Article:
Are new elections coming?
BERLIN, Germany (PNN) - November 20, 2017 - Irreconcilable migration and energy differences between four Parties led to a collapse of German Chancellor Angela Merkel’s coalition talks. Merkel has two unpleasant options: form a minority government or hold fresh elections. Exploratory talks to form Germany’s next coalition government collapsed shortly before midnight on Sunday when the pro-business Free Democratic Party (FDP) walked out of marathon negotiations. “The four discussion partners have no common vision for modernization of the country or common basis of trust,” the FDP leader, Christian Lindner, announced after the four Parties involved missed several self-prescribed deadlines to resolve differences on migration and energy policy. “It is better not to govern than to govern badly.”
Migration emerged as a contentious political issue in Germany following the refugee crisis, when 1.2 million migrants entered the country in 2015-16. The backlash against Merkel’s decision to keep Germany’s borders open has resulted in a far-right Party, the anti-refugee Alternative für Deutschland, entering the German Parliament for the first time in more than 50 years.
In the coalition talks in Berlin, the CDU, the CSU and the FDP have, at times, worked to outdo each other on calling for a harder line on migration controls. The Parties have struggled to find a common ground on climate change, with the Greens calling for a reduction in coal-generated power of 8-10 gigawatts while its potential coalition partners have expressed concerns about job losses in the energy and manufacturing sectors. With talks now seemingly over, Merkel could seek to form a minority government, either with the FDP or the Greens, and gather support from other Parties on individual policy votes.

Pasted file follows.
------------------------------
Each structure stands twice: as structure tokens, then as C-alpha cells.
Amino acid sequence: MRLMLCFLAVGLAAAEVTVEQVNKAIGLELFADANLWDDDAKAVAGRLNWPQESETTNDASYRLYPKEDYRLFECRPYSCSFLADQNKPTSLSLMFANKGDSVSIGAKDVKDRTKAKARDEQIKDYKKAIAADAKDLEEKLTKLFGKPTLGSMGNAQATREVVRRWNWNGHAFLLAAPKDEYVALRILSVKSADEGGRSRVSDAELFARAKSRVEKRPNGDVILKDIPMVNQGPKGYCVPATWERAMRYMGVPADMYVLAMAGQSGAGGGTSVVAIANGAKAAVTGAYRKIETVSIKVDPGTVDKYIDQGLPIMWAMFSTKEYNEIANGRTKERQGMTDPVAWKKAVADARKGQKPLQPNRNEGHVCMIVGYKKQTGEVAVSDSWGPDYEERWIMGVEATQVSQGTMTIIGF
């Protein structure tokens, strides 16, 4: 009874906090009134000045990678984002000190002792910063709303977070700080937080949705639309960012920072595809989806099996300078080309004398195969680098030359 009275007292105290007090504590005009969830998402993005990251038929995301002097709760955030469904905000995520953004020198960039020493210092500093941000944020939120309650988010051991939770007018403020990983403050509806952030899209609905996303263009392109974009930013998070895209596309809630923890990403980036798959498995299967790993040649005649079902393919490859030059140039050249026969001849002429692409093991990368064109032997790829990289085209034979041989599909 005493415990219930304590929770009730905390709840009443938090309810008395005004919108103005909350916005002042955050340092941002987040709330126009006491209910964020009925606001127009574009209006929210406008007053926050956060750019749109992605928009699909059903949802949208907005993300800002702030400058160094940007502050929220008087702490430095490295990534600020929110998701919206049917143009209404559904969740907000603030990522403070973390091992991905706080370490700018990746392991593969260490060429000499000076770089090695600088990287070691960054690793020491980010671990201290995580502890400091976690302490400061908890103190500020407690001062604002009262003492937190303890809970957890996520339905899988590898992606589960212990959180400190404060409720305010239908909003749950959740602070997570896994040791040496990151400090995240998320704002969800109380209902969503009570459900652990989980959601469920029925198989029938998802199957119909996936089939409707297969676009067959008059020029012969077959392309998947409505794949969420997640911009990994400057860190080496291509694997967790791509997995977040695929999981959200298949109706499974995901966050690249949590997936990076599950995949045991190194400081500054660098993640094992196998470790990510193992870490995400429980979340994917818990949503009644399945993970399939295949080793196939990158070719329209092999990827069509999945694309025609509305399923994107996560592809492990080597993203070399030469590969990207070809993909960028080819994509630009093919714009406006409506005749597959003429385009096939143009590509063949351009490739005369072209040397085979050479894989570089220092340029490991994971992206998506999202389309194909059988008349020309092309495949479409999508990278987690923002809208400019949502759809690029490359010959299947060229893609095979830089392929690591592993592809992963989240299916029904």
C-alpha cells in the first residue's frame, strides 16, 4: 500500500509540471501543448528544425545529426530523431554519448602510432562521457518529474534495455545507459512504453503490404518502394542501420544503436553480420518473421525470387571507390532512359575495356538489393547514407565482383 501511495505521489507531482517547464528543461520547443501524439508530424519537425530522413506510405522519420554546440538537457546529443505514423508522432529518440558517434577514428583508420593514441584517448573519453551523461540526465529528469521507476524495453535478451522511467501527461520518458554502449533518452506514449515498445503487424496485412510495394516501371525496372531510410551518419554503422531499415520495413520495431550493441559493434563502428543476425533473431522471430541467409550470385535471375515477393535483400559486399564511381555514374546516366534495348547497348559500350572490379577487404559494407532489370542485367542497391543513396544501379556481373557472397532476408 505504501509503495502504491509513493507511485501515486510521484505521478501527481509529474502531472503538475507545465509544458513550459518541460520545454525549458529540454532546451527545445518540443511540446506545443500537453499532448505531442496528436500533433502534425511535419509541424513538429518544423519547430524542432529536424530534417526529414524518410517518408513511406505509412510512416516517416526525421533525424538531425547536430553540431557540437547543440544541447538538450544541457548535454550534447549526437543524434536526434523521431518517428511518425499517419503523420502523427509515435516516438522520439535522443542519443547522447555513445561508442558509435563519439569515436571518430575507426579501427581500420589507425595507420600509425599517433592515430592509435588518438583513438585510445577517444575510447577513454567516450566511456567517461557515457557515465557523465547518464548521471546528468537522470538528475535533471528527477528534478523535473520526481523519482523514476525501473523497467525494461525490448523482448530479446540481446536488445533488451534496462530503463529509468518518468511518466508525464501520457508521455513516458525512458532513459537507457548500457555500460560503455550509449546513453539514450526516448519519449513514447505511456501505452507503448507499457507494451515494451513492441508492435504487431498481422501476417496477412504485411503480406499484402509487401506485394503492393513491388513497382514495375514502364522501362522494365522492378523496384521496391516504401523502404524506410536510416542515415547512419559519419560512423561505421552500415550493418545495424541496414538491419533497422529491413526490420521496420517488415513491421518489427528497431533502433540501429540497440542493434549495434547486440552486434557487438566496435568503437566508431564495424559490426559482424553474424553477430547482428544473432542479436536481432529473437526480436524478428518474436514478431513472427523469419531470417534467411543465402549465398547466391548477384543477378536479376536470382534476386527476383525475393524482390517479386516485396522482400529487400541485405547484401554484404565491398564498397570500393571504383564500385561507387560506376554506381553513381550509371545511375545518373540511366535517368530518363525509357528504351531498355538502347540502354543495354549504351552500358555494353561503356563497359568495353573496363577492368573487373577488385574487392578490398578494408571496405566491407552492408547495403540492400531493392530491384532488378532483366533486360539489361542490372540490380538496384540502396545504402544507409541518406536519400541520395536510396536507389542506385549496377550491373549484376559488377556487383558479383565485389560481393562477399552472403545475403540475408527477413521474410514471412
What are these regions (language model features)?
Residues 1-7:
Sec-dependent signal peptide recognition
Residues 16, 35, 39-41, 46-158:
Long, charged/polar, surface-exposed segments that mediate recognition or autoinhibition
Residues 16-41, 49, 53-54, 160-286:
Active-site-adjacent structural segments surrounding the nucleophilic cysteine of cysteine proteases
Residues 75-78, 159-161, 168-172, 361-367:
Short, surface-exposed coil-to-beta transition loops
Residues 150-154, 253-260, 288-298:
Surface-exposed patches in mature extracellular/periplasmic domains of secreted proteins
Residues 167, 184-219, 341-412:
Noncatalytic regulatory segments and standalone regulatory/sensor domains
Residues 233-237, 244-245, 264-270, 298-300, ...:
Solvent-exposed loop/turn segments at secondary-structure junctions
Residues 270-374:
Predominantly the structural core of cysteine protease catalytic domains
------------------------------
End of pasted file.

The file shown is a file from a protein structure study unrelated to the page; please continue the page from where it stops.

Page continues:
A minority government, new elections, and a 4-way coalition would be unprecedented.
We can now rule out the coalition.
Merkel's fourth-term bid is now in turmoil following the failure of the talks.
Merkel’s biggest setback since she first won the chancellorship in 2005 follows unusually contentious exploratory talks. Policy disagreements on immigration, climate and energy proved so entrenched that even Merkel, once dubbed “the queen of the backrooms,” couldn’t bridge them. Lindner said the draft agreement to enter into formal coalition talks was riddled with “countless contradictions,” prompting his Party to walk out.
So here we are. Merkel's influence and power just died. The "queen of the backroom" deal failed.
Her inane refugee policy, coupled with blatant hypocrisy on energy and the environment, finally mattered.
The answer is not "more Europe".
Merkel's immigration policy led to the rise of AfD, which in turn led to this result.
Europe is suffering mightily from "more Europe" rules, regulations, taxes, and hypocrisy.
Good riddance, hypocrite.
Are new elections coming?